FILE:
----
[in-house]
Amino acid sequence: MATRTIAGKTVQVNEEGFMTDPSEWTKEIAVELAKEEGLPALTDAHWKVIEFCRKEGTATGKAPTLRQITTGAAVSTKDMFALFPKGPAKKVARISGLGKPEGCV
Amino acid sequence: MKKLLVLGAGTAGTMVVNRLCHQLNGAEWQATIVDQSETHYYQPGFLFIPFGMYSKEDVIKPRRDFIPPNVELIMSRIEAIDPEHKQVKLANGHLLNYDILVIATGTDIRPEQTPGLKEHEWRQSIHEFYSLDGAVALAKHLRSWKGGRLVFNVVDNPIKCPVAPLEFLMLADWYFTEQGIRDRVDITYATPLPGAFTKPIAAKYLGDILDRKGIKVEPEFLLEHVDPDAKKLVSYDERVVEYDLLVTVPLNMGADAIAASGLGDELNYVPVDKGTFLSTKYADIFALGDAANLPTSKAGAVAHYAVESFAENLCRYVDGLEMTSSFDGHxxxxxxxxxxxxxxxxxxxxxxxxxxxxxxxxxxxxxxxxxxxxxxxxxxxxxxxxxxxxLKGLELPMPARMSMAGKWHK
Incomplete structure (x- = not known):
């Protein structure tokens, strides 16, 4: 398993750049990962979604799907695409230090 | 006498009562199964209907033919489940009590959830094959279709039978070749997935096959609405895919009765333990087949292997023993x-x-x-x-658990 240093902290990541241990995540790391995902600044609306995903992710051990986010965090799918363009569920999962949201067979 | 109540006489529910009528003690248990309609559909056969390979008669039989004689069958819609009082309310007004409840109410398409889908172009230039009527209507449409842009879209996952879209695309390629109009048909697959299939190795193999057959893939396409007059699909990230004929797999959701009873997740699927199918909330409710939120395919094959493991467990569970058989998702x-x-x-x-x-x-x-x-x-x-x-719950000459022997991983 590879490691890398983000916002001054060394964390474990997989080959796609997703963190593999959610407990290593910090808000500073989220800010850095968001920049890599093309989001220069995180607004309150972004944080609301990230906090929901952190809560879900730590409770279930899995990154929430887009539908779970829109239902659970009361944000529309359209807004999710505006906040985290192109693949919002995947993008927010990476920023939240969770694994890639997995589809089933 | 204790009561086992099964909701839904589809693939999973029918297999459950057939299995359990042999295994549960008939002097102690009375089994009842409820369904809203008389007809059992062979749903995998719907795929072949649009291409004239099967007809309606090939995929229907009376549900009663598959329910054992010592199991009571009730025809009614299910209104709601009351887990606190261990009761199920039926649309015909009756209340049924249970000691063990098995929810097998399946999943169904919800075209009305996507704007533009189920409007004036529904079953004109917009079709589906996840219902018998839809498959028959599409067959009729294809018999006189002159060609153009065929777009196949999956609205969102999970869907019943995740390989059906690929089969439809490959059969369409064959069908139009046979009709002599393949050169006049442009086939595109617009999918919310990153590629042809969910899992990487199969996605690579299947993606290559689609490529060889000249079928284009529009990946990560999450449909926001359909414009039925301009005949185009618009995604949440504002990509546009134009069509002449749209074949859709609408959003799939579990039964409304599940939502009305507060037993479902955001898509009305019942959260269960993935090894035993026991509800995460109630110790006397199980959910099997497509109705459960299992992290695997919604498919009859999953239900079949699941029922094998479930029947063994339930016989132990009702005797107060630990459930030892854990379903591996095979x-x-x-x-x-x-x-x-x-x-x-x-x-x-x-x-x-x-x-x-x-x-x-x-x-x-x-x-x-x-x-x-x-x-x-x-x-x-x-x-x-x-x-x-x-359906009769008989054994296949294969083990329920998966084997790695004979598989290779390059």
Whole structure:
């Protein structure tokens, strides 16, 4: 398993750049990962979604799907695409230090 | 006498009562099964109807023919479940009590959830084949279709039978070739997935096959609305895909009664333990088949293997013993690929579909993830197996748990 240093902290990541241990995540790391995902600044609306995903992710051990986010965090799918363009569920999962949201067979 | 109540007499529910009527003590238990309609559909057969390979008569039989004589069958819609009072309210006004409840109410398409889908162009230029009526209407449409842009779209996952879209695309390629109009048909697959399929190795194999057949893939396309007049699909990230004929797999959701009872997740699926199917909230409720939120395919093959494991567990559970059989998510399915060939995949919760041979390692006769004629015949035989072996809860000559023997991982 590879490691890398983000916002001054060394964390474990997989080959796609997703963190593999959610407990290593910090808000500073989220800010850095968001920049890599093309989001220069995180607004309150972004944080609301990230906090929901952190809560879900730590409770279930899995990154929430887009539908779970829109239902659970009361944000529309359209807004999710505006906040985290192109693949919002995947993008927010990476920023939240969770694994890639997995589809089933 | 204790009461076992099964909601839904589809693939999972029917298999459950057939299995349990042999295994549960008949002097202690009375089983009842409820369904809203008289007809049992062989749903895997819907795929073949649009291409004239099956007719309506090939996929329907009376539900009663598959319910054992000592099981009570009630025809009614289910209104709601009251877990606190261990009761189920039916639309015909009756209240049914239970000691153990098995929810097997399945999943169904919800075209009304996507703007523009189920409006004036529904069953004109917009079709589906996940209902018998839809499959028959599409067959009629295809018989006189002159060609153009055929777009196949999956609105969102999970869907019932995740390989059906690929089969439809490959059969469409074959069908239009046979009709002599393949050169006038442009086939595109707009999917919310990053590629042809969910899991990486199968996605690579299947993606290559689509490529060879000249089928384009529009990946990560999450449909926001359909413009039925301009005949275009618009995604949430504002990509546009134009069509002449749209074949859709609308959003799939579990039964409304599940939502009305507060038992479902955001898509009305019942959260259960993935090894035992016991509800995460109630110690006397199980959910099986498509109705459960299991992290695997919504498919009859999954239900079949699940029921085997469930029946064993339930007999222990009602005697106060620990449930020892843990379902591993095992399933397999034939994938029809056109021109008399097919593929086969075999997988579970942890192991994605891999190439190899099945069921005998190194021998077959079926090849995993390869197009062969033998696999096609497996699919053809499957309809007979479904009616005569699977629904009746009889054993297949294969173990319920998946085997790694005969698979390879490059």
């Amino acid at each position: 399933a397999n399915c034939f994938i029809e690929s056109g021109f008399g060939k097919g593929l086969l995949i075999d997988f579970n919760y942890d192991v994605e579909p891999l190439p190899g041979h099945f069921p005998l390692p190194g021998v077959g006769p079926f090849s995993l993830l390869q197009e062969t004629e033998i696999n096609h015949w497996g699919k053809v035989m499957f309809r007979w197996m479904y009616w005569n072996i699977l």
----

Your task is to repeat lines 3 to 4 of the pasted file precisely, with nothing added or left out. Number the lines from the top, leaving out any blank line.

Amino acid sequence: MKKLLVLGAGTAGTMVVNRLCHQLNGAEWQATIVDQSETHYYQPGFLFIPFGMYSKEDVIKPRRDFIPPNVELIMSRIEAIDPEHKQVKLANGHLLNYDILVIATGTDIRPEQTPGLKEHEWRQSIHEFYSLDGAVALAKHLRSWKGGRLVFNVVDNPIKCPVAPLEFLMLADWYFTEQGIRDRVDITYATPLPGAFTKPIAAKYLGDILDRKGIKVEPEFLLEHVDPDAKKLVSYDERVVEYDLLVTVPLNMGADAIAASGLGDELNYVPVDKGTFLSTKYADIFALGDAANLPTSKAGAVAHYAVESFAENLCRYVDGLEMTSSFDGHxxxxxxxxxxxxxxxxxxxxxxxxxxxxxxxxxxxxxxxxxxxxxxxxxxxxxxxxxxxxLKGLELPMPARMSMAGKWHK
Incomplete structure (x- = not known):